Bobby Butler III /
Greater North Seattle Chapter
Young Men’s Leader
A: Though I grew up in a family that practices Nichiren Buddhism, it wasn’t until 2008 that I seriously started practicing. Until then, a young men’s leader had been regularly visiting me, though most of the time I would brush him off.
But when I was in over my head without direction in life, filled with anxiety and suffering from crumbling friendships, I reached out to this leader who helped me receive the Gohonzon. He always visited me and gave me rides to meetings. My life quickly turned around, and I felt joy and empowerment I hadn’t felt before. When asked to become a district leader, I was hesitant to take on more responsibilities. At the time, I was going to community college, managing the household and working. But due to becoming much happier through my practice and the debt of gratitude I felt for the SGI, I took on this responsibility.
As a district leader, I was pushed to break out of my shell and expand my capacity. In the process, I transferred to Washington State University and went on to get my master’s degree. Now, I teach agriculture at Highline College in Des Moines, Washington.
Seeing how the practice helped transform my life, I know how important it is to stay in touch with the youth, no matter how they respond. I am determined to make sure they don’t slip through the cracks.
The gathering of 50,000 in 2018 is crucial for our future. To combat the widespread suffering in our society, it is my responsibility, as a disciple of President Ikeda, a chapter leader and zone student division leader, to help as many people as possible—especially young people.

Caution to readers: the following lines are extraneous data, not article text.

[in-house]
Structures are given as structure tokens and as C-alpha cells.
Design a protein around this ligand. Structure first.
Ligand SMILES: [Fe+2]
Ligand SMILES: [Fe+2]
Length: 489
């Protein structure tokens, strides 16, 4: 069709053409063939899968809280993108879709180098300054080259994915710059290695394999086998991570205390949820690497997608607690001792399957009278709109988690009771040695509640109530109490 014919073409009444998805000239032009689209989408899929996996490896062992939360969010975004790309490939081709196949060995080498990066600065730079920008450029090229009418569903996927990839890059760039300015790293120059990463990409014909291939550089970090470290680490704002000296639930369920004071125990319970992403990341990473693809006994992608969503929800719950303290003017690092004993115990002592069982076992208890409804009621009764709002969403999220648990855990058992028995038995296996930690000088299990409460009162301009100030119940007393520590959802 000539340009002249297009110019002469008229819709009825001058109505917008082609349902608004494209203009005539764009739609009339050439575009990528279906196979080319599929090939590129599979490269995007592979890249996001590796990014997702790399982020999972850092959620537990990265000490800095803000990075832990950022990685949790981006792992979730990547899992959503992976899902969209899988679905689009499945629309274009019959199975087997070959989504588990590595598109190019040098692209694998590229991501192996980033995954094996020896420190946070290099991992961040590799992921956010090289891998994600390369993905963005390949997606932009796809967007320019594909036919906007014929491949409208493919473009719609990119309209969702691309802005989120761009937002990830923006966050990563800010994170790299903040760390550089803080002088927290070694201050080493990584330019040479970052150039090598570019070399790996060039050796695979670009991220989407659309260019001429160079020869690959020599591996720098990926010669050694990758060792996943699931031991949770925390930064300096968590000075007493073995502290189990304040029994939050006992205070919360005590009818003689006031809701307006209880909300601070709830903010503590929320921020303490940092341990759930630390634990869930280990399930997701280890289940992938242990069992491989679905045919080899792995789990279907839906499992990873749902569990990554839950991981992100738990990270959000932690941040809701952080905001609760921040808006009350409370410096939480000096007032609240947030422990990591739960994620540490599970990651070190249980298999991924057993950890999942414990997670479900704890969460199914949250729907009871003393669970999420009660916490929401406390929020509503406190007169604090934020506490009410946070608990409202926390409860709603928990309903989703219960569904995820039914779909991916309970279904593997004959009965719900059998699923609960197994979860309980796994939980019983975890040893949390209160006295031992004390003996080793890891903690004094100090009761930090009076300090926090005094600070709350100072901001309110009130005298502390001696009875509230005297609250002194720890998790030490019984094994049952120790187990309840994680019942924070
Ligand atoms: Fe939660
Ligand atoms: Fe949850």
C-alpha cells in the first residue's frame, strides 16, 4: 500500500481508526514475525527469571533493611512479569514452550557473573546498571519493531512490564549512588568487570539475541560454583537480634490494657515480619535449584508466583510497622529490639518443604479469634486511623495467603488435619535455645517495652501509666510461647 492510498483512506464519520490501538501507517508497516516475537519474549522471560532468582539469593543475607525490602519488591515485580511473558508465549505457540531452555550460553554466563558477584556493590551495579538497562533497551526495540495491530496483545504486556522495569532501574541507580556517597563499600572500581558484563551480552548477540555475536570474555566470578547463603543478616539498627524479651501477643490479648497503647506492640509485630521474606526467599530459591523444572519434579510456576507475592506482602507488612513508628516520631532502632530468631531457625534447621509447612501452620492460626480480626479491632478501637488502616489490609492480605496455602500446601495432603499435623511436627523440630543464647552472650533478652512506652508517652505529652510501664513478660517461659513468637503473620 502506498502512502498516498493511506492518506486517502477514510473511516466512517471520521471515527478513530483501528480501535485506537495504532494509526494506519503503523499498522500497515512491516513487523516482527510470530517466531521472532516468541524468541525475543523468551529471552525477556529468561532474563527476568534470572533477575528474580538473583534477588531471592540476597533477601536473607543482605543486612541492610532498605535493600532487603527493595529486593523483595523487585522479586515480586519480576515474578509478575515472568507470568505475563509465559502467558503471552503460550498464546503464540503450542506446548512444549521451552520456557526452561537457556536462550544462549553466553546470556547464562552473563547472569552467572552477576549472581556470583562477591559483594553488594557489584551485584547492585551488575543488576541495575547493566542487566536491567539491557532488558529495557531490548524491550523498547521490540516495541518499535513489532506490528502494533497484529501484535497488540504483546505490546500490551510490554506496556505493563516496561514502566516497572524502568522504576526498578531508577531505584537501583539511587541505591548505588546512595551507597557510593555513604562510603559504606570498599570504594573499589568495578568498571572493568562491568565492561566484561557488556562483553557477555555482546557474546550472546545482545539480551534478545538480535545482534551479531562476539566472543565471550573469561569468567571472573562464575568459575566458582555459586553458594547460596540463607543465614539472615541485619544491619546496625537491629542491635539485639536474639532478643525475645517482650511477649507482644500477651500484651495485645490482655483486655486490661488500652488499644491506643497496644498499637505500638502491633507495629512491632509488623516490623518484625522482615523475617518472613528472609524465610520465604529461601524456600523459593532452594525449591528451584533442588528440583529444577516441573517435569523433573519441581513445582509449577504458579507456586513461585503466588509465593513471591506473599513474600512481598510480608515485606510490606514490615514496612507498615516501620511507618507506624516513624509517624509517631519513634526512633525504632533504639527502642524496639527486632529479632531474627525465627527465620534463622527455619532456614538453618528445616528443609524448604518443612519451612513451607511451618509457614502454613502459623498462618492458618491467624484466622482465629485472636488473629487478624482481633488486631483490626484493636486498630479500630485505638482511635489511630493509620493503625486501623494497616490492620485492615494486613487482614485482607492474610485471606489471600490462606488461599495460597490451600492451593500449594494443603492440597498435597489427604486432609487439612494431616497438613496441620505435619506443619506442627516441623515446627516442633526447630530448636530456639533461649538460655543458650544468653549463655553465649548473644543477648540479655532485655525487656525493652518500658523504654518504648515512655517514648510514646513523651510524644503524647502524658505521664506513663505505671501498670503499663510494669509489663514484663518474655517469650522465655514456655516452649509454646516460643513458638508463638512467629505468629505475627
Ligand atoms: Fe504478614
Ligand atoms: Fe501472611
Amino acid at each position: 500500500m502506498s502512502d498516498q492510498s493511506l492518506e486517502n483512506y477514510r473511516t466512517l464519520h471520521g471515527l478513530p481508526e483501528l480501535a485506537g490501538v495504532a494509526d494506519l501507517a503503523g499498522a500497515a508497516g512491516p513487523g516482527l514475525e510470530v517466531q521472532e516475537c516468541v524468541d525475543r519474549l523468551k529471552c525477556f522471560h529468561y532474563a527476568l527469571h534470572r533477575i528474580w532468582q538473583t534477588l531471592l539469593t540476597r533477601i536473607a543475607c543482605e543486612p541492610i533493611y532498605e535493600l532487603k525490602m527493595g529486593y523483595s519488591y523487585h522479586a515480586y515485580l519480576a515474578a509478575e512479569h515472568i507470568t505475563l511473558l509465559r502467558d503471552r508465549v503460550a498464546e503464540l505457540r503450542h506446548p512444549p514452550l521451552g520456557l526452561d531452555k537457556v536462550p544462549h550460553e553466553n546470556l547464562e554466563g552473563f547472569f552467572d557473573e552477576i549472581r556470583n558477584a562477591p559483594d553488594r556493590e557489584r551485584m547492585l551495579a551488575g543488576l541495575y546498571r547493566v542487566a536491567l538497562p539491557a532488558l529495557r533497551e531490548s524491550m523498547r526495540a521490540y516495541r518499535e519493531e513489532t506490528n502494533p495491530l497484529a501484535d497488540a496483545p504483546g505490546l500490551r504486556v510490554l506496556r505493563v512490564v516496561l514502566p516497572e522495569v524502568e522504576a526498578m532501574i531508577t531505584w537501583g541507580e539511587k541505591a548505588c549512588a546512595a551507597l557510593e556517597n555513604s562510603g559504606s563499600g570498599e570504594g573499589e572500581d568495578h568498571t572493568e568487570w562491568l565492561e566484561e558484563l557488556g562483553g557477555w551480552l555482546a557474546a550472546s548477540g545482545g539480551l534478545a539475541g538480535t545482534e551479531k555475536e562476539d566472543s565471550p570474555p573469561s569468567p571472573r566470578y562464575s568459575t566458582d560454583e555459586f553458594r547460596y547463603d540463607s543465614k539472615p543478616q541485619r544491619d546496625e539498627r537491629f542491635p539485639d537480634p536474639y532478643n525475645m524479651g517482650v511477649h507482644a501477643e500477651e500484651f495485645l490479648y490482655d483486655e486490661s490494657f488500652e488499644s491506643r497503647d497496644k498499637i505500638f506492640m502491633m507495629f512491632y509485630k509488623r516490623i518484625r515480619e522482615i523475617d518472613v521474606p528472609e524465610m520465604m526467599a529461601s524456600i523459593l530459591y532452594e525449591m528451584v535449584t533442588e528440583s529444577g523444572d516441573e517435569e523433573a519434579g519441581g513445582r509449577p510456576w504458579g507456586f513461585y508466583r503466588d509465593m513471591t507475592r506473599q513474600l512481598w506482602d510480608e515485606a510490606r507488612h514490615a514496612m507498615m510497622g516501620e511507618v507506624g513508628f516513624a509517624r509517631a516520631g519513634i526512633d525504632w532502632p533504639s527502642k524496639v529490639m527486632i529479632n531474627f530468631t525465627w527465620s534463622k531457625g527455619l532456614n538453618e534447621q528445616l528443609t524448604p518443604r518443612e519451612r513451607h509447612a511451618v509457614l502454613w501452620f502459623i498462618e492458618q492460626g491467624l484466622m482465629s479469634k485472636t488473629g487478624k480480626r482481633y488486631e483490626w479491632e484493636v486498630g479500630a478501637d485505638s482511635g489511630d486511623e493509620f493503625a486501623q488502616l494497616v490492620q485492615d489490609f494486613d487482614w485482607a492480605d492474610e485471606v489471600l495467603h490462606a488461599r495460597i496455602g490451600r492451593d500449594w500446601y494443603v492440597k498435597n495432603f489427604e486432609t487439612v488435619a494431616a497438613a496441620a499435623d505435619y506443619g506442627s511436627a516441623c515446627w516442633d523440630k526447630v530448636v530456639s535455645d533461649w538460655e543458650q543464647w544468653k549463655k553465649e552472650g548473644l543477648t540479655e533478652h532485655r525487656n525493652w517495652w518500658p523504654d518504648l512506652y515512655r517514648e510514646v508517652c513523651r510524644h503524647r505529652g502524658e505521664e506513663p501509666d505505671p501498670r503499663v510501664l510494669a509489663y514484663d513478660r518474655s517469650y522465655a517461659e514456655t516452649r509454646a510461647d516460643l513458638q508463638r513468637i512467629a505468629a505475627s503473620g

Our chapter is determined to have 50 active youth by November 18, 2018. My personal goal is to talk to one person a week about Buddhism and help one person receive the Gohonzon every month over the next two years.
Ben Carrillo /
Miami Northwest Chapter
A: To support the gathering of 50,000 youth next year, I am challenging myself every day, more than the day before—to make one more phone call, to chant more and to encourage one more youth. Toward our November 18, 2018, milestone, I’m determined to take my faith to a new level and to unleash an even greater power that exists within me so that I can embrace more young people in our chapter.
SGI President Ikeda’s example in the 1956 Osaka Campaign—of creating the momentum for 11,111 people to join the Soka Gakkai in a single month in one chapter—is how I would like to fight. I will put my whole faith into the Gohonzon and solidify my determination that I cannot let my mentor down!
Every morning, my fellow chapter leaders and I chant and reconfirm our goals and activities. Prior to this, we were doing our best to encourage our members to attend meetings. However, now we are confirming the attendance of our members toward the meetings, especially the youth! In addition, the men’s and women’s leaders are teaming up with the youth to visit members together.
I will put my whole faith into
the Gohonzon and solidify my
determination that I cannot
let my mentor down!
My own faith and practice has developed through the care and support of my leaders in faith who encouraged me to develop
a relationship with President Ikeda, especially through reading The New Human Revolution. By working with them, I learned how to take care of members and encourage others.
Now I am determined to support the youth in my chapter based on the spirit of the oneness of mentor and disciple, and ensure that they can experience actual proof and transform their lives. For the gathering of 50,000 in 2018, our chapter’s goal is to have 75 capable protagonists for kosen-rufu, who will contribute to the well-being of society and the world!